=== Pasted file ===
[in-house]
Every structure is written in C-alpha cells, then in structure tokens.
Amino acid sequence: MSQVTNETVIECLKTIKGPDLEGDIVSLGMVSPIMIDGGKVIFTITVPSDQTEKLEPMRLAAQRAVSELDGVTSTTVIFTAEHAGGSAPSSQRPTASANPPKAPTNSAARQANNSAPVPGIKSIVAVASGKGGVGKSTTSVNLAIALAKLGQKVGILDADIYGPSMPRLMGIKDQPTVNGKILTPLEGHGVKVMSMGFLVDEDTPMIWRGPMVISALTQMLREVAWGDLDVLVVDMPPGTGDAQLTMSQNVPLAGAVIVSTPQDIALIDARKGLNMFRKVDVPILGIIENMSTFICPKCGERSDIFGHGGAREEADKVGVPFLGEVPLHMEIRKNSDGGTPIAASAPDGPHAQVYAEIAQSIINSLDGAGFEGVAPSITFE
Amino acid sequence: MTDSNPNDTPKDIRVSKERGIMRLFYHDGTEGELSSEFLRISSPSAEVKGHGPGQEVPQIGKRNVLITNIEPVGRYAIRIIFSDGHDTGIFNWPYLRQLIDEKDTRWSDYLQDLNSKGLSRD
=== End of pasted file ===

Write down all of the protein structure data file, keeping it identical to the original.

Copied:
[in-house]
Every structure is written in C-alpha cells, then in structure tokens.
Amino acid sequence: MSQVTNETVIECLKTIKGPDLEGDIVSLGMVSPIMIDGGKVIFTITVPSDQTEKLEPMRLAAQRAVSELDGVTSTTVIFTAEHAGGSAPSSQRPTASANPPKAPTNSAARQANNSAPVPGIKSIVAVASGKGGVGKSTTSVNLAIALAKLGQKVGILDADIYGPSMPRLMGIKDQPTVNGKILTPLEGHGVKVMSMGFLVDEDTPMIWRGPMVISALTQMLREVAWGDLDVLVVDMPPGTGDAQLTMSQNVPLAGAVIVSTPQDIALIDARKGLNMFRKVDVPILGIIENMSTFICPKCGERSDIFGHGGAREEADKVGVPFLGEVPLHMEIRKNSDGGTPIAASAPDGPHAQVYAEIAQSIINSLDGAGFEGVAPSITFE
Amino acid sequence: MTDSNPNDTPKDIRVSKERGIMRLFYHDGTEGELSSEFLRISSPSAEVKGHGPGQEVPQIGKRNVLITNIEPVGRYAIRIIFSDGHDTGIFNWPYLRQLIDEKDTRWSDYLQDLNSKGLSRD